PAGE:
My Completely Unscientific Look at Christianity in the North

June 25th, 2014 by TDHolder

When one lives in the South/Bible Belt one is likely to both encounter and share in certain perceptions of the North. I live in Knoxville, Tennessee, and like many people, I don’t always let a lack of knowledge prevent me from having an opinion.

Many people have a perception that the United States is getting less Christian/spiritual/religious, and–the perception is–the North is leading the secular wave.

Maybe it is, but perhaps things are not as bad as some of us think.

My wife and I spent several days in Pennsylvania, and what follows is some of what I observed.

Driving up through the tips of West Virginia and Maryland into Pennsylvania and towards Gettysburg, one encounters many churches. Somebody must be going to them. While in Pennsylvania, I heard that PA has the largest Christian live theater in America. Surely, it isn’t just southerners who are driving up there and supporting that.

In downtown Philadelphia–big, mean, we used to have the only pro football stadium with a jail in it Philadelphia–I saw a Pro Life message written on an upper story window pane. I also saw a business labeled “Bible Society.” Mostly, I saw a bunch of people just living their lives, going to and from work. They weren’t wearing “Jesus Saves” tee shirts, but they also didn’t seem mean.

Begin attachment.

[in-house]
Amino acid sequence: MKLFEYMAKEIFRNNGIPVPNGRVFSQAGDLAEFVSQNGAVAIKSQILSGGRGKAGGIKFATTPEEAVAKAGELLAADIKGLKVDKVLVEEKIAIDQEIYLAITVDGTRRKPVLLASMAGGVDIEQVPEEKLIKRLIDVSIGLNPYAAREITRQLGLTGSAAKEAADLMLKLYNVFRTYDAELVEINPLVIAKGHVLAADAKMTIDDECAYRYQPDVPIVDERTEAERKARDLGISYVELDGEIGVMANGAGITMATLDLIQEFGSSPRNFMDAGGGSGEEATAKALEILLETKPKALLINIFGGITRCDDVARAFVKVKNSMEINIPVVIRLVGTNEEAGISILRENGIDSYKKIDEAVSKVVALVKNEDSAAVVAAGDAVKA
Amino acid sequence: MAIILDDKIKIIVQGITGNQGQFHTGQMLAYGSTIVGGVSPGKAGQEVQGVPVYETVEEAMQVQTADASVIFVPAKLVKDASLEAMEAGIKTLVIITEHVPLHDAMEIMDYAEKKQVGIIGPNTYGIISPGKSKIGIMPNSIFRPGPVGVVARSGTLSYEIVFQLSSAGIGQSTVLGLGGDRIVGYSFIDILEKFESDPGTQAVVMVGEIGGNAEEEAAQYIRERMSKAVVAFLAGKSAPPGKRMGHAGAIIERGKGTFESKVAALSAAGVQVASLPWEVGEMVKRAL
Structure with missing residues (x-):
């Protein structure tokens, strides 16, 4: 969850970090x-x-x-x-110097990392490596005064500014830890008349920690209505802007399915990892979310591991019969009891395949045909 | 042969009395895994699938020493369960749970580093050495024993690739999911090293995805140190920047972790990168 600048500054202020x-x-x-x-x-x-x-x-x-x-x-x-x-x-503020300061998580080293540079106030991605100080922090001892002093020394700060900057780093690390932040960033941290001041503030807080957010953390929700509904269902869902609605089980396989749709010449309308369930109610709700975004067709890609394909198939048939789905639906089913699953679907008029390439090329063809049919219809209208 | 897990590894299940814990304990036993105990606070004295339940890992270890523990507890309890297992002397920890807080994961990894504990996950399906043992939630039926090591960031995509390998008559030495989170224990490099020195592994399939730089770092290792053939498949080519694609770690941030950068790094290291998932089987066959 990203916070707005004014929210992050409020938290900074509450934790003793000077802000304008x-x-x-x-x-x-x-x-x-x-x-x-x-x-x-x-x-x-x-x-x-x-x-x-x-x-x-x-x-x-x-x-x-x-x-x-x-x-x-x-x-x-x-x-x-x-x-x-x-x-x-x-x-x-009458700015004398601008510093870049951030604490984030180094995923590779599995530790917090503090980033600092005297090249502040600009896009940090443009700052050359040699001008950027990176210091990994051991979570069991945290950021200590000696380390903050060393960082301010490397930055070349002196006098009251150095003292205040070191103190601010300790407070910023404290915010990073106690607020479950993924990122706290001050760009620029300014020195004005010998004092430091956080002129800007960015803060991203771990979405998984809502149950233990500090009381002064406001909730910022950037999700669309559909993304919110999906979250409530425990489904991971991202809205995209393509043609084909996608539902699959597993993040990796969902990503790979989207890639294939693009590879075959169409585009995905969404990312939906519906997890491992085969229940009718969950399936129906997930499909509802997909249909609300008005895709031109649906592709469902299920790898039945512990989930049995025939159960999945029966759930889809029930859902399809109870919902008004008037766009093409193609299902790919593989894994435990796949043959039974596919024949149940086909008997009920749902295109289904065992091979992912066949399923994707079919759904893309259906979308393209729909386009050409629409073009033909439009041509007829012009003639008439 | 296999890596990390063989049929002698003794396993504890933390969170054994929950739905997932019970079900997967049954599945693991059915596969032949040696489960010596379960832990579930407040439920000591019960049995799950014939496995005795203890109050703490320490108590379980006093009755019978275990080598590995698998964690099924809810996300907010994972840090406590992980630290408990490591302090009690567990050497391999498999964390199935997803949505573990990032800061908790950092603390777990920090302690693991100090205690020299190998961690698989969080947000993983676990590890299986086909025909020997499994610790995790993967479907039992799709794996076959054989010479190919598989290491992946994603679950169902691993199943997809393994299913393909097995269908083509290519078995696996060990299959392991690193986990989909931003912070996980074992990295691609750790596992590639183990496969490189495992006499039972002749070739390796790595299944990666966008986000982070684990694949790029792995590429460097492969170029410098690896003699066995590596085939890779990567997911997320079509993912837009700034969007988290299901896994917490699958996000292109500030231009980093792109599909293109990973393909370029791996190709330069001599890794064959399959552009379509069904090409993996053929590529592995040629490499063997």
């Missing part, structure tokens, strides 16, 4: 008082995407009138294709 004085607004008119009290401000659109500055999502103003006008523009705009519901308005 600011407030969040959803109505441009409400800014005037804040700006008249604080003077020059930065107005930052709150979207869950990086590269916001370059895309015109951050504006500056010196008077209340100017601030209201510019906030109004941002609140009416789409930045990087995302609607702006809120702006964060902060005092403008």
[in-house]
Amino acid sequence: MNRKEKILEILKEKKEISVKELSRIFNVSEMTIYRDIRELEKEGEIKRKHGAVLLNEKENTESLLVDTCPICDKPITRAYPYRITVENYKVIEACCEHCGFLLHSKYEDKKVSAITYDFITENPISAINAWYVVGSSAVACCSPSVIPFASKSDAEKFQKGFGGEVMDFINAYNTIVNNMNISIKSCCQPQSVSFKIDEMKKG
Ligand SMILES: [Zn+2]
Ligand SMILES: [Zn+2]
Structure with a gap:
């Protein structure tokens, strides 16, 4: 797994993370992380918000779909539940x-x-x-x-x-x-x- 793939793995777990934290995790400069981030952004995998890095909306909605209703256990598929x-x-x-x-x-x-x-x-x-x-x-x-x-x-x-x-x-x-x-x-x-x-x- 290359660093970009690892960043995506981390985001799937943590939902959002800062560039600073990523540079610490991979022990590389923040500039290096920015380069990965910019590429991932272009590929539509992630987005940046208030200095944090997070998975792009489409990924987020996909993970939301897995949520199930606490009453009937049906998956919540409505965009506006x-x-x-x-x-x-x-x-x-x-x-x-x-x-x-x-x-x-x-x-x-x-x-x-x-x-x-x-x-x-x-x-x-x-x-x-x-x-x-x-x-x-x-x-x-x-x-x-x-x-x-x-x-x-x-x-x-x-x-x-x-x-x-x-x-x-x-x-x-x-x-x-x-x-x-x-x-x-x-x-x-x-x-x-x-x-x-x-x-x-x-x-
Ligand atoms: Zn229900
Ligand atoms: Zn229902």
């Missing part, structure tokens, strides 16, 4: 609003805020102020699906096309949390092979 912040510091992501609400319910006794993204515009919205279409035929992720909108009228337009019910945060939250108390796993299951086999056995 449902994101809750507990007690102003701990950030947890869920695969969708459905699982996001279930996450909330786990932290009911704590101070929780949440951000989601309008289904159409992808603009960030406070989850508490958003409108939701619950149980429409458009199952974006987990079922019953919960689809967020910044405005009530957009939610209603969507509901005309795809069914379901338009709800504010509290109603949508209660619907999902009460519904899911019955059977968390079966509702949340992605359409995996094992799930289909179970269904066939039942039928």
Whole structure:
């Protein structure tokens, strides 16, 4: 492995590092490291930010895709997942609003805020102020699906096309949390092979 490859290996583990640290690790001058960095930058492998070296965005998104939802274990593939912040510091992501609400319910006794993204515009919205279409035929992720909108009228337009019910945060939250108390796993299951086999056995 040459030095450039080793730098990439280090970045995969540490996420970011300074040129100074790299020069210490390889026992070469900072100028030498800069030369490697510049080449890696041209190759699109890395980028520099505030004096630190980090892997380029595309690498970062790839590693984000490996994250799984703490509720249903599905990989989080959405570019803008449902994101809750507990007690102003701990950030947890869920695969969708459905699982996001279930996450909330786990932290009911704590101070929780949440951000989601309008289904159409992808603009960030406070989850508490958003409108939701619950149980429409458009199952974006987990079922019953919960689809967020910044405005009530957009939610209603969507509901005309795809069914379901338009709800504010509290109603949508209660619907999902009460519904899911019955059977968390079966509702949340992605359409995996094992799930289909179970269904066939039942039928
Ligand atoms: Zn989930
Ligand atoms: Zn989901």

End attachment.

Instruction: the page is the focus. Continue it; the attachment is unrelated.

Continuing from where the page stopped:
A quick tour of the nearby Valley Forge gift shop revealed several shelves of books. At least half of one shelf, it seemed, was devoted to the theme of religious faith and the Founding Fathers. Some of them were arguing that the Founders were more Deistic (and less Christian) than today’s evangelicals want to believe, but at least one of those books, if not more, argued just the opposite.

So, I was just in one region of the North, and it was only for a few days, but that section of the country is not as devoid of faith as some people on both sides of the conversation might think.

Frankly, some Christians want to lament how godless the United States is becoming, but I don’t think this is always a good idea. Such laments can easily turn into self-pity, which is unbecoming for us as Christians–we are supposed to be in the business of bringing the Good News. Besides, in the good ol’ days we probably weren’t as Christian as we want to think, and maybe nowadays is not quite as bad as we have allowed ourselves to believe.

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